The former Seminoles quarterback also revealed a few of the known holes in his game, including the footwork that leads to some overall accuracy issues. Following Friday's practice, Doug Marrone told reporters that Manuel "made some nice throws," but that he still needs to "work on his footwork," according to Marc Sessler of NFL.com.

    Footwork was the main area of concentration for the Bills coaching staff in regard to Manuel during practices on Friday and Saturday, according to Sessler. 

    No one is expecting Manuel to come in right away and light the world on fire. Every quarterback prospect in the draft had flaws in his game, and Buffalo must have felt that Manuel's were the most fixable. 

    Improving footwork seems the be the name of the game for Manuel as he competes for the starting job. 

Nickell Robey Is Earning His Keep in Nickel Formations

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    One of the smallest players on the field for the Bills over the weekend was cornerback Nickell Robey, who stands somewhere between 5'7" and 5'9", depending on who you ask. 

    Robey was projected as a mid- to late-round pick by many draft projection sites and was placed firmly as a midround prospect on his NFL.com draft profile. Each website cited his size as the main contributing factor behind middling stock, despite putting up good stats at USC.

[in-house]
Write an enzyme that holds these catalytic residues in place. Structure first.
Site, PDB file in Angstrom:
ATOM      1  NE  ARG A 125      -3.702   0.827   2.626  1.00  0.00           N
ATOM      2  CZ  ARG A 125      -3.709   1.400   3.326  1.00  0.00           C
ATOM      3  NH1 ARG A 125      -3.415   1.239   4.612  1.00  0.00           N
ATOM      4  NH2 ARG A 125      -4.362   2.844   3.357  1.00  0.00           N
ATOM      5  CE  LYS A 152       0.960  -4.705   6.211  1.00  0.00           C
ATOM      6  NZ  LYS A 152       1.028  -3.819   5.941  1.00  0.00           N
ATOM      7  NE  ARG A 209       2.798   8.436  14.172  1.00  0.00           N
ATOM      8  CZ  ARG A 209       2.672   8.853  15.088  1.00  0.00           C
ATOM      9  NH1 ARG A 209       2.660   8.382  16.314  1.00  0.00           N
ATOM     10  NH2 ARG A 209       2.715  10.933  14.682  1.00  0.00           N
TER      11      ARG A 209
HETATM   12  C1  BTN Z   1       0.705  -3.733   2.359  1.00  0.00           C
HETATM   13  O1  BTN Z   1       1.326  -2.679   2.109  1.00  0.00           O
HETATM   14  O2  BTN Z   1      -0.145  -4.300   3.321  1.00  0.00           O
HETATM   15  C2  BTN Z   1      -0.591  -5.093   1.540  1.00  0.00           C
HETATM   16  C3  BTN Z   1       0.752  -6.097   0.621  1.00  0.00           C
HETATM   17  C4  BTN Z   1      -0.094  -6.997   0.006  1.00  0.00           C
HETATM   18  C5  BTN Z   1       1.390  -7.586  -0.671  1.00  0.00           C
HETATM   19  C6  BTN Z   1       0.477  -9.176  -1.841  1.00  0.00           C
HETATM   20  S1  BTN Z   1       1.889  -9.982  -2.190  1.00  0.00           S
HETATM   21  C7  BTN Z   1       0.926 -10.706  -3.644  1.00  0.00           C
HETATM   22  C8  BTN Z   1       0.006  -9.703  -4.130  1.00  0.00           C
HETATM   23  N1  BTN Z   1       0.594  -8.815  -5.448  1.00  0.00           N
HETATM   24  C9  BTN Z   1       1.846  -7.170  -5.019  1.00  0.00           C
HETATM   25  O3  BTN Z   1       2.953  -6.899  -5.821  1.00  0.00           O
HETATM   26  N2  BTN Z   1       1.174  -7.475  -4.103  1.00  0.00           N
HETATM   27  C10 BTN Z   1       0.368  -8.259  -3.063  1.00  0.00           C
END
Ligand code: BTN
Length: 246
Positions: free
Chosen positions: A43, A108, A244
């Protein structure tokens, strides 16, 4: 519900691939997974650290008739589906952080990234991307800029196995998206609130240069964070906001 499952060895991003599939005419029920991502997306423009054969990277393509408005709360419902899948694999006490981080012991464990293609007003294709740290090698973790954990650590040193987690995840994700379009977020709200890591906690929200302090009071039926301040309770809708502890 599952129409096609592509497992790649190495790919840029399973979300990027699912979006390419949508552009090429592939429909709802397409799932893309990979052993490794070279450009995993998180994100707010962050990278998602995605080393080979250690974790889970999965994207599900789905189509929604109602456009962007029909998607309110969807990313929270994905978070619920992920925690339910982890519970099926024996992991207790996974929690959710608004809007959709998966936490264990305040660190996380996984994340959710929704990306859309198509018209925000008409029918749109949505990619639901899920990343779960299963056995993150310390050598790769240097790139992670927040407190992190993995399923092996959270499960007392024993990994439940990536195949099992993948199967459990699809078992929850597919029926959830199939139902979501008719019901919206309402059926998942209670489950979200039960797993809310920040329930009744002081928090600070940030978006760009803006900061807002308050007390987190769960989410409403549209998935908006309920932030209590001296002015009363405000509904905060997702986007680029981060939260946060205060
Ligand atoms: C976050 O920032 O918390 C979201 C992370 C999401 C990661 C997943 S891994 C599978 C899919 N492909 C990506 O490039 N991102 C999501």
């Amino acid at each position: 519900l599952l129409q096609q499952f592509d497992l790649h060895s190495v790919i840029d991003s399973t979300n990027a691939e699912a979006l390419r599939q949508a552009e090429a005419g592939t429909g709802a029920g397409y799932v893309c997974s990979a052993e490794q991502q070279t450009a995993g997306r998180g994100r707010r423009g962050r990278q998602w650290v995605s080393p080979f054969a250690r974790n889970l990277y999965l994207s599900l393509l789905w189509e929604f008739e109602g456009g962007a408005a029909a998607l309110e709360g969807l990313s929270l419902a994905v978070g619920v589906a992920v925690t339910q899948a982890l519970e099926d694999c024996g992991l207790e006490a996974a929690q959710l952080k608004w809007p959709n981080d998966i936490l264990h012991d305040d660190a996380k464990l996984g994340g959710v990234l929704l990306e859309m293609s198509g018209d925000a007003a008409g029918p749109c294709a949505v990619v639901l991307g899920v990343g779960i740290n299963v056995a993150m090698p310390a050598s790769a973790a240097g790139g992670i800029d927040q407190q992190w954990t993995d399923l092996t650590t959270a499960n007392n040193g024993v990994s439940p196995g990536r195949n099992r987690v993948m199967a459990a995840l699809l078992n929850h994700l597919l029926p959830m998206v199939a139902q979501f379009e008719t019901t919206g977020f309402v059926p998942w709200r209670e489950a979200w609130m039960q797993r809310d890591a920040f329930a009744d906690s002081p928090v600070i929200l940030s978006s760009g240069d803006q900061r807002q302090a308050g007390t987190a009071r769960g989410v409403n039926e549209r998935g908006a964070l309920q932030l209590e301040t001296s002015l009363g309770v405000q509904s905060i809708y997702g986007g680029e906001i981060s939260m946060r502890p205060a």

Robey ultimately went undrafted, and the Bills quickly scooped him up after seeing him while checking out teammate Robert Woods in Southern California during an April workout. 

    As a two-year starter with the Trojans, Robey showed elite range and athleticism to put himself in good spots to make plays. He showed off those skills during practice this past weekend and picked off a pair of passes during seven-on-seven passing drills on Saturday and Sunday. 

    The cornerback position is fairly wide-open for the Bills—as with many spots across the roster—which gives Robey a good shot to make the team, should he continue to make plays in workouts. His frame would be more troubling if he was being asked to play outside, but the coaching staff has him smartly pegged as a nickel package corner. 

The New Coaching Staff Is a Nice Change

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    Doug Marrone has done as much as he can to change the culture of the Buffalo Bills during his first four months on the job. He replaced some of the old signage in the team's field house with AFC Championship banners from the 90s and hung a large replica of the Lombardi Trophy behind one of the up-rights. 

    He has also gone against the grain to add players whom he feels will excel in his coordinators' new schemes for long-run success, rather than just short-term rewards. He has explained away the signings of Kevin Kolb and Da'Rick Rogers, as well as the drafting of EJ Manuel—providing sensible answers for each question directed his way. 

    Perhaps my favorite news coming out of Bills rookie camp was offensive coordinator Nathaniel Hackett made the offensive rookies do a series of "up-downs" when Manuel threw back-to-back interceptions during seven-on-seven drills (per John Murphy of BuffaloBills.com). 

    Chan Gailey was known for being a players' coach, and the loyalty to players who were not performing ultimately cost him his job. Marrone and Hackett have already instilled a level of responsibility that needs to be met to earn a spot on the team.